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The true cost of fossil fuels

What the science says...

When you account for the effects which are not reflected in the market price of fossil fuels, like air pollution and health impacts, the true cost of coal and other fossil fuels is higher than the cost of most renewable energy technologies.

Climate Myth...

Renewable energy is too expensive

"[Wind energy] is a more expensive way of producing energy than the alternative." (David Montgomery)

Due to its abundance and low market price, coal combustion is the largest source of energy production in the world, accounting for 40% of all electricity worldwide.  In the USA it accounts for 45% of electricity generation, and approximately 75% in Australia.

Unfortunately, coal combustion is a major contributor to global greenhouse gas emissions as well, accounting for 30% of total anthropogenic carbon dioxide (CO2) emissions worldwide, and 72% of CO2 emissions from global power generation.  In addition, non-power generation uses increase its contribution to global human CO2 emissions to a whopping 41% (as of 2005). 

Many people prefer coal combustion to renewable energy because it seems to be cheaper.  However, when accounting for the true costs of coal power, most renewable energy sources are actually significantly cheaper in the long-run.

Coal Externalities

A major problem with coal is that its full costs are not reflected in its market price, and thus while we may seemingly purchase and burn coal cheaply, in reality we are paying a much higher cost in the long run, if we look at the big picture.  Economists refer to the impacts on human and environmental health which are not reflected in the price of coal as "externalities".  Those who benefit from the seemingly cheap electricity don't pay for these externalities directly, but the public eventually has to pay in the form of medical bills, environmental cleanups, etc.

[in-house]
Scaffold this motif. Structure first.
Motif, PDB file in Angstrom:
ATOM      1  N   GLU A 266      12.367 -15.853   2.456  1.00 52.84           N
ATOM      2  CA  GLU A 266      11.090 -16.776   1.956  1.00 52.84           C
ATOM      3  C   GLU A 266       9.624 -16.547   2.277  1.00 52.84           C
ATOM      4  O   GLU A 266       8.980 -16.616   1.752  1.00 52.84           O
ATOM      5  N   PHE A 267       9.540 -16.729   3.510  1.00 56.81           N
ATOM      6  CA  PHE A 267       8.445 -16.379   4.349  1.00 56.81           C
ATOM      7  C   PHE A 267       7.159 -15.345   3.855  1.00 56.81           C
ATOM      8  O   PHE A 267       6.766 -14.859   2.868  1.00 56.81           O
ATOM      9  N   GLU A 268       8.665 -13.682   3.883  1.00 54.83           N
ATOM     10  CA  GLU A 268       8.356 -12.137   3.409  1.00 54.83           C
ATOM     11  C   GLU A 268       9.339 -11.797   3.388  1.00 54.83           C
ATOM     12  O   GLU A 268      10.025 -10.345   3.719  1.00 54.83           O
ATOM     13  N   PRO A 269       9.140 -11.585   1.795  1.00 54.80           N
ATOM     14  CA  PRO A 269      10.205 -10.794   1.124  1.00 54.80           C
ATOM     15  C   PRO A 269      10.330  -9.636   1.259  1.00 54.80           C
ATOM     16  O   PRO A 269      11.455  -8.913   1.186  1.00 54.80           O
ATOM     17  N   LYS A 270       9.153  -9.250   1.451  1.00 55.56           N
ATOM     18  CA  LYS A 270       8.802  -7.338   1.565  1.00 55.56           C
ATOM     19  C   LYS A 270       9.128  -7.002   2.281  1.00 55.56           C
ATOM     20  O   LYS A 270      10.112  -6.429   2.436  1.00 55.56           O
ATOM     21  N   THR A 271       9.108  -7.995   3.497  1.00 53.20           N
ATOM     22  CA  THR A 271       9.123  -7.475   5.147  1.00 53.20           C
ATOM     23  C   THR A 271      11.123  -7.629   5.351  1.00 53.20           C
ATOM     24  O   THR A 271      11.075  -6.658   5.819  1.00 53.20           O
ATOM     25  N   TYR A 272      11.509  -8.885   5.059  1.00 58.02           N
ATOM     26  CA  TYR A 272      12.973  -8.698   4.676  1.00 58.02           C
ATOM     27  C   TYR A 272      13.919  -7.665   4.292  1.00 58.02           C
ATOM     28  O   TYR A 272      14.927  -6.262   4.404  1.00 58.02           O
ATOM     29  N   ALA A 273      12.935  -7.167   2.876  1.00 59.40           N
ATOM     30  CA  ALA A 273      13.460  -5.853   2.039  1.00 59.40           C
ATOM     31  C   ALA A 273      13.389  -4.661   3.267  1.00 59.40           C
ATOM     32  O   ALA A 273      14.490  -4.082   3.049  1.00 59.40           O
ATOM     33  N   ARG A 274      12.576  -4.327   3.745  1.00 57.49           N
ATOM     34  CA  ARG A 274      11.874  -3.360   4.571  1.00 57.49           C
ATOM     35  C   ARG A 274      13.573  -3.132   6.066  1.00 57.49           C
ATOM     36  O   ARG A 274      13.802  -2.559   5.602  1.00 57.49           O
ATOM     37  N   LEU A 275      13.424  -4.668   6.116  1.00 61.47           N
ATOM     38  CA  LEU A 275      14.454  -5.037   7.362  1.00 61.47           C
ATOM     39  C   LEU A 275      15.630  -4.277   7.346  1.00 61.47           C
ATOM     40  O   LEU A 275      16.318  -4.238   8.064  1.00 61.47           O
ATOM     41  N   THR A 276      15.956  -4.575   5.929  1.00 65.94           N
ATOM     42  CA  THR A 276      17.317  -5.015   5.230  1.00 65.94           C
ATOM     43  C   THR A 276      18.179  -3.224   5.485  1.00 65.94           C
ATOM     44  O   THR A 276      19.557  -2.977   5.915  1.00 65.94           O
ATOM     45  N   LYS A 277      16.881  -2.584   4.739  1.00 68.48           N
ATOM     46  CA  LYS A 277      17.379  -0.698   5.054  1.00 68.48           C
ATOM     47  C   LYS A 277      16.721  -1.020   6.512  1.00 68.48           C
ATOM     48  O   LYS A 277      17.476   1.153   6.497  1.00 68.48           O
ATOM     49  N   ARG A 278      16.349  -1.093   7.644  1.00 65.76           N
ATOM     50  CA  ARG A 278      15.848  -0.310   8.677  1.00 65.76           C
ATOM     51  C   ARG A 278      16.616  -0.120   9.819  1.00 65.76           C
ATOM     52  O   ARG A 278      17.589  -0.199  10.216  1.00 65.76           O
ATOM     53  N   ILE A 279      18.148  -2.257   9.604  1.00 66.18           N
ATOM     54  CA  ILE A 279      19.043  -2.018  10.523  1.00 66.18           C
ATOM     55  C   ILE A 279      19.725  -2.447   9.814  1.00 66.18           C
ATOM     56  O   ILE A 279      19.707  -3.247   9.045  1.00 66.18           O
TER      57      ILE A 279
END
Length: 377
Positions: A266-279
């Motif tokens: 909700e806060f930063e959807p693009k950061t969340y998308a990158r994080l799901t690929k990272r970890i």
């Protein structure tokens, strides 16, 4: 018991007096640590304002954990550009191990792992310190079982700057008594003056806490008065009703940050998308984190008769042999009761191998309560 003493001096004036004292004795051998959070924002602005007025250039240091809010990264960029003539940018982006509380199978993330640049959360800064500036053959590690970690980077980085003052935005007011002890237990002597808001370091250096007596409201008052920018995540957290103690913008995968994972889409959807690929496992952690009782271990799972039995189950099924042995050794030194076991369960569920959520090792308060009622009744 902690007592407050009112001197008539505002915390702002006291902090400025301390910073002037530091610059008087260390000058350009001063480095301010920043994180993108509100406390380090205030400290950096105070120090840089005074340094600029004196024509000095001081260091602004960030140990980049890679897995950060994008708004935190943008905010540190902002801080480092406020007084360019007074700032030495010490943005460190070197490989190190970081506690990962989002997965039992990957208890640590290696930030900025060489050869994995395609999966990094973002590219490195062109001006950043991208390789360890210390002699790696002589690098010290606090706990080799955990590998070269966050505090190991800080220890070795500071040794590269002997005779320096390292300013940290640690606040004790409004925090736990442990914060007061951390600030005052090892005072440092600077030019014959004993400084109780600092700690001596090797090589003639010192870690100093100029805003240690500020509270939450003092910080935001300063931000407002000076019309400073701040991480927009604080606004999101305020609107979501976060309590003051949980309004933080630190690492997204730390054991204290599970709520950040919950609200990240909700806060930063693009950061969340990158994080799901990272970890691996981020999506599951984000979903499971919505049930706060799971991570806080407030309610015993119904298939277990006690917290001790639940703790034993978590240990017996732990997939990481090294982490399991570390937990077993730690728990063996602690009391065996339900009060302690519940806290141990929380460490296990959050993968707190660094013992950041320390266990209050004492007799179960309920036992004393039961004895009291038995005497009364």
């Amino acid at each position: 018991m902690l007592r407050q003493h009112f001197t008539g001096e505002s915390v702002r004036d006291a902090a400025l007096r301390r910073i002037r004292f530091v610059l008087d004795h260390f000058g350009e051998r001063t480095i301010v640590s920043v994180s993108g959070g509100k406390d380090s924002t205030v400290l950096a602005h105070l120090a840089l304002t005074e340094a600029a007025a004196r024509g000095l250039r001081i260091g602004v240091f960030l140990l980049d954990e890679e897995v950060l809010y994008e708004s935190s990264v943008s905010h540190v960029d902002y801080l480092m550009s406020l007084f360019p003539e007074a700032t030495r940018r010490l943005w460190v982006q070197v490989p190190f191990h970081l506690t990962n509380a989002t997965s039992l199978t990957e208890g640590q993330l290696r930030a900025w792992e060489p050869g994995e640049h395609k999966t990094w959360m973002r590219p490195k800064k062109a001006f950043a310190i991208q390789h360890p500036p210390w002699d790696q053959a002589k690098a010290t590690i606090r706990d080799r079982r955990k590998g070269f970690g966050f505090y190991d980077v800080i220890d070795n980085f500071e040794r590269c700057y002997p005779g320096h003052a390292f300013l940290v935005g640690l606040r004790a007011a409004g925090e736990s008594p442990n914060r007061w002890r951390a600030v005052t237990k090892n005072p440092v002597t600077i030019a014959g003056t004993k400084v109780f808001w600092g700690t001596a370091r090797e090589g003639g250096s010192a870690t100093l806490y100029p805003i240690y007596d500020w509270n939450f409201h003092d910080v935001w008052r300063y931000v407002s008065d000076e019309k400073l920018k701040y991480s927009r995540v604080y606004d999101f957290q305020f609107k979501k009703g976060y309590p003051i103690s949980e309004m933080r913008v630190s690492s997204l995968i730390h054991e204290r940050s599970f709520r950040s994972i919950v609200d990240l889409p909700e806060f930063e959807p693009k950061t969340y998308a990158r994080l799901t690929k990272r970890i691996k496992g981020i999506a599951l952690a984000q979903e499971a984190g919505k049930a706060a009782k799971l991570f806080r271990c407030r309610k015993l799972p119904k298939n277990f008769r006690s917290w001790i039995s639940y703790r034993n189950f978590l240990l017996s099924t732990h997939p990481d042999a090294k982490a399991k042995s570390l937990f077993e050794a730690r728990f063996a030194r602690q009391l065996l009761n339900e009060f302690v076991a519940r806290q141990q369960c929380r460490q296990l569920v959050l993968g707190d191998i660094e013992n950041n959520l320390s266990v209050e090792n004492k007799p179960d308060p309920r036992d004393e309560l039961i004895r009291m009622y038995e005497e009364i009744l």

A 2013 report published by the International Monetary Fund concluded that global fossil fuel subisides amount to $1.9 trillion annually.  $1.4 trillion of this is due to externalities, $800 billion due to climate change.  This estimate is based on a conservative social cost of carbon of $25 per tonne of CO2 emitted.  An arguably more realistic estimate of $100 per tonne of CO2 would bring global fossil fuel subsidies to over $4 trillion per year, with $3.2 trillion due to climate change.

In a report published in the Annals of the New York Academy of Sciences, Epstein et al. (2011) do a full cost accounting for the life cycle of coal, taking these externalities into account.  Among the factors included in this analysis were:

  • government coal subsidies
  • increased illness and mortality due to mining pollution
  • climate change from greenhouse gas emissions
  • particulates causing air pollution
  • loss of biodiversity
  • cost to taxpayers of environmental monitoring and cleanup
  • decreased property values
  • infrastructure damages from mudslides resulting from mountaintop removal
  • infrastructure damage from mine blasting
  • impacts of acid rain resulting from coal combustion byproducts
  • water pollution

Most of these external factors do not apply to most renewable energy sources.  The majority of the externality costs come from reduction in air quality, contribution to climate change, and impacts to public health.  Epstein et al. find that the total cost of these externalities ranges from approximately 9 to 27 cents per kilowatt-hour (kWh) of electricity generated, with a median of approximately 18 cents per kWh.  The authors note that this is a conservative estimate, because they have not accounted for every associated impact. 

Figure 1: Coal externalized cost (cents per kWh) from Epstein et al. (2011)

Another study by economists Muller, Mendelsohn, and Norhaus (MMN11) looked at just the external costs associated with the damage done by air pollution, and arrived at a best estimate of 3.6 cents per kWh of external costs, despite being unrealistically conservative (Figure 2).

coal costs

Figure 2: Average US coal electricity price vs. MMN11 and Epstein 2001 best estimate coal external costs.

Cost Comparison

The US Energy Information Administration provides a comparison of levelized costs for different power generation sources.  Levelized cost represents the present value of the total cost of building and operating a generating plant over a period of time, and reflects overnight capital cost, fuel cost, operation and maintenance costs, financing costs, and an assumed utilization rate for each plant type.  To convert from dollars per megawatt-hour to cents per kWh, move the decimal point in the table below one spot to the left (for example, conventional coal is 9.48 cents per kWh on average).